- The Washington Times - Sunday, December 30, 2001

Eight-hundred-and-sixty-six games between single-digit performances. The worst offensive outing of his professional career.
Both these things apparently resonated in Michael Jordan's shaved head after he scored six points in the Washington Wizards' worst loss of the season, a 27-point drubbing at Indiana on Thursday. So last night, the 38-year-old Jordan exacted a measure of revenge by turning back the clock and tormenting the Charlotte Hornets for a season-high 51 points in a 107-90 victory before a sellout throng of 20,674 at MCI Center.
Asked if he felt a need to give the type of electric display he did, Jordan replied, "Sure. I figured you guys would say I had kind of lost whatever I'd gained after scoring six points, my career low. I'm pretty sure you guys were saying how old I was. I wanted to certainly make a statement offensively. But most important, I wanted to get back on a winning track.
"Someone asked me if this losing would sustain and keep going. We had a great rhythm going when we won those nine games in a row. I felt like we could end this here tonight. So obviously, I came out and from a leadership standpoint tried to initiate the offense."
There wasn't any question, not even for a second, that Jordan brought his "A" game last night. He made 21 of 38 shots from the field and nine of 10 from the free throw line in the 38 minutes he needed to reach 50 or more points for the 39th time.
On Jordan's way to the second-best offensive performance in the league this year San Antonio's Tim Duncan scored 53 earlier last week a number of franchise records came crashing down.
His 24 points in the first quarter fell short of Jeff Malone's franchise record 28 for a quarter, but it did set a franchise record for most points in the first quarter, eclipsing the 23 by Bernard King scored in December 1990. And his 34 points broke Malone's first-half record of 33, which had stood since Feb. 27, 1988.
Also, Jordan's 51 points eclipsed the MCI record for points scored, 49, by Orlando's Tracy McGrady (April, 13, 2001) and Boston's Antoine Walker (Jan. 7, 1998).
After 23 lead changes in the first half, the Wizards (15-14) went ahead for good on Hubert Davis' jumper that made the score 47-45 with 3:37 left in the first half. The Wizards built their second-half lead as high as 21 points and managed to stave off any runs by the Hornets (13-17), who were led by Jamal Magliore's 22 points.
Before the game, Wizards coach Doug Collins said he could sense that Jordan's attitude was different than in recent days.
"He was very playful before the game," Collins said.
Collins, who also coached Jordan in Chicago early in the player's pro career, knew that his bad game against Indiana would provide Jordan with the motivation he needed to make amends. But he did not think it would come in the form of 51 points.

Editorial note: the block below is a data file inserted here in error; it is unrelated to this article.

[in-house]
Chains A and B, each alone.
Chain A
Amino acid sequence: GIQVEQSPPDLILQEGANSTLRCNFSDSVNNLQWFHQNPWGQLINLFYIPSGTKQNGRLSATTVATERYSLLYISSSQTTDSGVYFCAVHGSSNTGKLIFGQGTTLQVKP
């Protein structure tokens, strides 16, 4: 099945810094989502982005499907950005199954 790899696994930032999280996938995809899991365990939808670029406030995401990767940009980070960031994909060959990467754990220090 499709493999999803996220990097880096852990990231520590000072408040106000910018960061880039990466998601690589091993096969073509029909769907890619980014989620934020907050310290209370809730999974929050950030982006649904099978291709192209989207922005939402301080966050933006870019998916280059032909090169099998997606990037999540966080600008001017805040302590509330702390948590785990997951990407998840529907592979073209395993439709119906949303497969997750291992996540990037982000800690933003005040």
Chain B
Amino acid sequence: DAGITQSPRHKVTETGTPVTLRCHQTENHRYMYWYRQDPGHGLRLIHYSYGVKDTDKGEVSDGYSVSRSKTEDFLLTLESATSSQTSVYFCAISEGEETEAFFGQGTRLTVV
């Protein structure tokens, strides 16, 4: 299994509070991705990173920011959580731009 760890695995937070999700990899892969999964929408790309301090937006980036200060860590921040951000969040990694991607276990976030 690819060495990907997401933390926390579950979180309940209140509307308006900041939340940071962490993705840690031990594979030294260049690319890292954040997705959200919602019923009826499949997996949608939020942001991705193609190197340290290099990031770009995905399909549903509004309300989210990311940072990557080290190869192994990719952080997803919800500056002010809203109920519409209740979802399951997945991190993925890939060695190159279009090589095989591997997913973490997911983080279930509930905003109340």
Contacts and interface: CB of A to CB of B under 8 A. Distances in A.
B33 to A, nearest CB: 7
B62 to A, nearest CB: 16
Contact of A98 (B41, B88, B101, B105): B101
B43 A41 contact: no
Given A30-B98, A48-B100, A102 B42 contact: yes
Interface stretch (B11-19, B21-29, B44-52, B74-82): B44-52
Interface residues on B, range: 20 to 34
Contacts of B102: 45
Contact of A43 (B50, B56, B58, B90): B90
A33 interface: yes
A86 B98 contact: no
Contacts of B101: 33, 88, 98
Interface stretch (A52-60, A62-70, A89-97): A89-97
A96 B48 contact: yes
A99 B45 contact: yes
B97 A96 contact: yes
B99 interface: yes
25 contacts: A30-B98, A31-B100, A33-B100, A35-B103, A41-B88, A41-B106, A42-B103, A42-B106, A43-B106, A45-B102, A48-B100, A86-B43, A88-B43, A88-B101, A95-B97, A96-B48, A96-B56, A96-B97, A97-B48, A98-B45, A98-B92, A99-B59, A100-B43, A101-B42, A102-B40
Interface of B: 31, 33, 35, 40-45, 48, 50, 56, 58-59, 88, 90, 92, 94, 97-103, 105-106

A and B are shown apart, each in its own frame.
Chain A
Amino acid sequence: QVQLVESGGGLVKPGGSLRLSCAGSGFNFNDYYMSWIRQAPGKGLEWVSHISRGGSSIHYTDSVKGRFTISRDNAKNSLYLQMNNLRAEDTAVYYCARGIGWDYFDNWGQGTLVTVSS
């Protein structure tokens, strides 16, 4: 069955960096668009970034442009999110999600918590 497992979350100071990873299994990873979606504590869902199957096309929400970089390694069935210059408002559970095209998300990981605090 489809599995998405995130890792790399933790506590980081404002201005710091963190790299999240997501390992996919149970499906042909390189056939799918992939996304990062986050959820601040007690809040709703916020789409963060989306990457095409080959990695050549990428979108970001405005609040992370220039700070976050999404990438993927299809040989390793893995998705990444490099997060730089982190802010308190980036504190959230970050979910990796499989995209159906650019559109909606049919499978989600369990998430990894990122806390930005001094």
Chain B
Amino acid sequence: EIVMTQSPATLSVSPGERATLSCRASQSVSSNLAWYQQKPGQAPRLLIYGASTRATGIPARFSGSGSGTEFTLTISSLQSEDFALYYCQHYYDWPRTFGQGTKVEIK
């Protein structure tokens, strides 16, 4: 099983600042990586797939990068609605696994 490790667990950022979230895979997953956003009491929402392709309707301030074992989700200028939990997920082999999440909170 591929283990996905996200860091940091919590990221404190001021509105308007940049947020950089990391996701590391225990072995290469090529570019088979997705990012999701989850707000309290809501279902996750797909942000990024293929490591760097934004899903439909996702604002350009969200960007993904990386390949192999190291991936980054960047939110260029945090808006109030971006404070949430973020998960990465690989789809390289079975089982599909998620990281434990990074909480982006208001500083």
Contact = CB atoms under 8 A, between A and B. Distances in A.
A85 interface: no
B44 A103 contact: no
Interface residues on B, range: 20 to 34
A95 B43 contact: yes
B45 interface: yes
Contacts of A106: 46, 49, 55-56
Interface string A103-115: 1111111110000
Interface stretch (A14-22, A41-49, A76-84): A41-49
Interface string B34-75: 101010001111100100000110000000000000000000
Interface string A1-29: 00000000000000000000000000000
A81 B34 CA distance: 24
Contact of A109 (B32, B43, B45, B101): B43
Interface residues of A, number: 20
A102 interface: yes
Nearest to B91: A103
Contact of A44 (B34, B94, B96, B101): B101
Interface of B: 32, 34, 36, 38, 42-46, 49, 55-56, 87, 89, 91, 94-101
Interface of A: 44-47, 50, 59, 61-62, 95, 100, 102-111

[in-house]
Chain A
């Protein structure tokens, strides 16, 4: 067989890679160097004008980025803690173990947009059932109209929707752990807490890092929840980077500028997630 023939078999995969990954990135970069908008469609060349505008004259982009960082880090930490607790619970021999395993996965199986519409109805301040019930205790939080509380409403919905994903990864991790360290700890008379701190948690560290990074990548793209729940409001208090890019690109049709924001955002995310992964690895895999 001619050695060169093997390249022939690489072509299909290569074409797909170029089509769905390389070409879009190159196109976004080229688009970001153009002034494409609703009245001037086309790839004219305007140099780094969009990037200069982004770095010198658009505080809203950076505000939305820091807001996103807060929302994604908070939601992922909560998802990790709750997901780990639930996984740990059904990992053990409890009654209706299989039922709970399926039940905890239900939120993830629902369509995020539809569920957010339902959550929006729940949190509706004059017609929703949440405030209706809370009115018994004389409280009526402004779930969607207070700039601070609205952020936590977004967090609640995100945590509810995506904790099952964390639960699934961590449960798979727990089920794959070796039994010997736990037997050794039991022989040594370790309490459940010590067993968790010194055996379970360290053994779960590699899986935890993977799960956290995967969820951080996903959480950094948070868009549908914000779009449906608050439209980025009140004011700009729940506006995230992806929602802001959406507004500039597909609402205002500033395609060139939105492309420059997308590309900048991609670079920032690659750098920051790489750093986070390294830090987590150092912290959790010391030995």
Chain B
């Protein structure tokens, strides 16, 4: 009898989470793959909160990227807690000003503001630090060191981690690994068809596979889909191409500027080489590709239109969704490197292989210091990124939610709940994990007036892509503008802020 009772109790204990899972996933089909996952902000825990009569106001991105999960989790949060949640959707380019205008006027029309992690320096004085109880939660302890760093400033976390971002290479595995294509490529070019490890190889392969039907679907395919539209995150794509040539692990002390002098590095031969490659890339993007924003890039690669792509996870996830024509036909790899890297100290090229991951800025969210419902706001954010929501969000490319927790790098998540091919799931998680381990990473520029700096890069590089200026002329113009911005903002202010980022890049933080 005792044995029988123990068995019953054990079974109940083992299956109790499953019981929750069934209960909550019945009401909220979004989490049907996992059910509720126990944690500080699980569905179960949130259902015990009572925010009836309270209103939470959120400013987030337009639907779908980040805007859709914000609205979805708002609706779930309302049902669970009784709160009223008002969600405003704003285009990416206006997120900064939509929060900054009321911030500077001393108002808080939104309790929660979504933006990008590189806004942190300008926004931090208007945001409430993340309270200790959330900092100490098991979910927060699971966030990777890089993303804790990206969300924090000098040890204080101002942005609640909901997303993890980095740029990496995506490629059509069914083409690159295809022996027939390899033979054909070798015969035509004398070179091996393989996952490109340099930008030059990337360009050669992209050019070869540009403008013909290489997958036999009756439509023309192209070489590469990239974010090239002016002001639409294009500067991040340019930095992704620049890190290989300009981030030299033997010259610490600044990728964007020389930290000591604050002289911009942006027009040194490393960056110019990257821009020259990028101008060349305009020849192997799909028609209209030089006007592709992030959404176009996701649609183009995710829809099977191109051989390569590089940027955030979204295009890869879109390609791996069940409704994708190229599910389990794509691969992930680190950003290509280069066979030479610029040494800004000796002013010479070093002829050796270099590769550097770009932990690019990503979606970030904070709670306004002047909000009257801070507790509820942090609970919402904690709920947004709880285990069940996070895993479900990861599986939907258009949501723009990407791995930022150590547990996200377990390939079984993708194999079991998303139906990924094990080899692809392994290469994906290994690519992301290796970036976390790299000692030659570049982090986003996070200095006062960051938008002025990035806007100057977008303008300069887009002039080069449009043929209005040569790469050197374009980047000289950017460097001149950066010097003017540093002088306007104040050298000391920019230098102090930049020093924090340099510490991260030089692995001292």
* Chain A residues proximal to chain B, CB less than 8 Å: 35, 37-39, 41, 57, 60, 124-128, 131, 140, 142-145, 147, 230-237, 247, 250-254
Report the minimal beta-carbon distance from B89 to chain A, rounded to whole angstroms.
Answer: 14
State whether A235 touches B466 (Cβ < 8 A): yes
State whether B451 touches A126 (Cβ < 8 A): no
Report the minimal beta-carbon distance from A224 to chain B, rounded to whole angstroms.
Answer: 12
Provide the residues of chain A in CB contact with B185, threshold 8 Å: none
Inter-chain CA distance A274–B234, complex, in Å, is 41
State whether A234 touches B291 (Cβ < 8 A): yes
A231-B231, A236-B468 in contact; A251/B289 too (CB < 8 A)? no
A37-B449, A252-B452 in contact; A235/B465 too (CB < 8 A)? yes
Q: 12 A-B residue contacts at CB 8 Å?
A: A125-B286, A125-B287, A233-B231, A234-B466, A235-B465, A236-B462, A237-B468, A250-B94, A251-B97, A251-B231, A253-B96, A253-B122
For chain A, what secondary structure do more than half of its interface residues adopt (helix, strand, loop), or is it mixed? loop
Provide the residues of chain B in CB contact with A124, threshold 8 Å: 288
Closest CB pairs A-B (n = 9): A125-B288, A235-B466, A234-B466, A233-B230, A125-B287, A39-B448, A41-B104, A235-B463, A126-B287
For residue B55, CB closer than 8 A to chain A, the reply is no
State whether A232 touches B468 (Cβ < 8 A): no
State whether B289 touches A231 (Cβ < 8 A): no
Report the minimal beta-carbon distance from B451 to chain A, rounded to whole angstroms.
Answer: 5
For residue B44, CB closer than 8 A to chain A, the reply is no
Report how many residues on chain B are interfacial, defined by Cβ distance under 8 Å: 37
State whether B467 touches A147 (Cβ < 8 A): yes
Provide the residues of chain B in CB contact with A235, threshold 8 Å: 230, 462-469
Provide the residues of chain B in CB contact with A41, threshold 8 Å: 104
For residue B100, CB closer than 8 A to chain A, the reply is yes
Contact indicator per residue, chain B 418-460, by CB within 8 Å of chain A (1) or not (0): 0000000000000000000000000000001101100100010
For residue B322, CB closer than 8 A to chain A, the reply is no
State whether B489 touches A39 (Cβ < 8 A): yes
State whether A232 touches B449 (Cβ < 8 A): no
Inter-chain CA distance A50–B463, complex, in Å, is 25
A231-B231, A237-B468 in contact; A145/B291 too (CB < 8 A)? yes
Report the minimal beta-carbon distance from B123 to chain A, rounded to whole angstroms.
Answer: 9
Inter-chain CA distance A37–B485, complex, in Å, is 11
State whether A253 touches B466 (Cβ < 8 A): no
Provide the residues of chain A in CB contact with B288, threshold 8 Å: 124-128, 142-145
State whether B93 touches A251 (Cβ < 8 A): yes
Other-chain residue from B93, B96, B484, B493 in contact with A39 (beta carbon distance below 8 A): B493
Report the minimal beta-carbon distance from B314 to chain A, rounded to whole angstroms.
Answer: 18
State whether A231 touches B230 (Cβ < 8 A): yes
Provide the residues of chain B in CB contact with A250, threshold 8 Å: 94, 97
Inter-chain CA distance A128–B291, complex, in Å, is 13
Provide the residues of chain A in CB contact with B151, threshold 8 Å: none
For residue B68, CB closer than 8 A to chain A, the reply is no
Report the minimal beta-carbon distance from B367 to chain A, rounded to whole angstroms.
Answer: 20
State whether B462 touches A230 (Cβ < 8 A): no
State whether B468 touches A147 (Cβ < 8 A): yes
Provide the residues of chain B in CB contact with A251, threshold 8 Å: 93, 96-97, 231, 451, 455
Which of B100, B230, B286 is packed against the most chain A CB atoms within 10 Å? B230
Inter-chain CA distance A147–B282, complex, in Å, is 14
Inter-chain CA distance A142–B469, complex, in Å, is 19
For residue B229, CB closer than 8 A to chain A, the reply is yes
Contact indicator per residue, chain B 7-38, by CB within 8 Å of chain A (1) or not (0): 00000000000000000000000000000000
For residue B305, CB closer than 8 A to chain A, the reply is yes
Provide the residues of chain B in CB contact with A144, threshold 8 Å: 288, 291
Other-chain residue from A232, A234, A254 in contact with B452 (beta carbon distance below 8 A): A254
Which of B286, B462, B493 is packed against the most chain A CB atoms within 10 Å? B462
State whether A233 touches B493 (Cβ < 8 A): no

"Do you think the guy has a little pride?" Collins said. "I mean, he had a tough night in Indiana, and I think that he was going to come back and show who he is. That is what great players are made out of. He's unbelievable. He has a heart like I have never seen before."
Charlotte coach Paul Silas compared Jordan, who scored most of his points on jump shots, to another legend.
"He is good at creating space," Silas said. "He is almost like Ali, when Ali used to fade back and you couldn't hit him with the jab. Mike is the same way when he fades back on his shot. There is no way you can get to it. And when he is hitting his shots, it is almost impossible to stop him."
Jordan's rhythm created opportunities galore for his teammates. Center Jahidi White scored 12 points and had a season-high 12 rebounds. Hubert Davis was 5-for-6 from behind the 3-point line and finished with 21 points. Chris Whitney finished with seven points and handed out a season-high eight assists.
But Jordan said that the Wizards shouldn't get used to this type of effort from him. He said that at 38, he's not going to make this the norm.
"I don't think I can do this every night where I'm shooting 38 times and the offense is coming through me," Jordan said. "But I can be a threat and a force out there when I'm on the floor."
Said Davis: "He's our leader. … He carried us at the start, and he had it made up in his mind that we just weren't going to lose this game. He, more than anybody else, knows that you can get comfortable winning, just like you can get comfortable losing. He didn't want us to do that. We all just fell in line."

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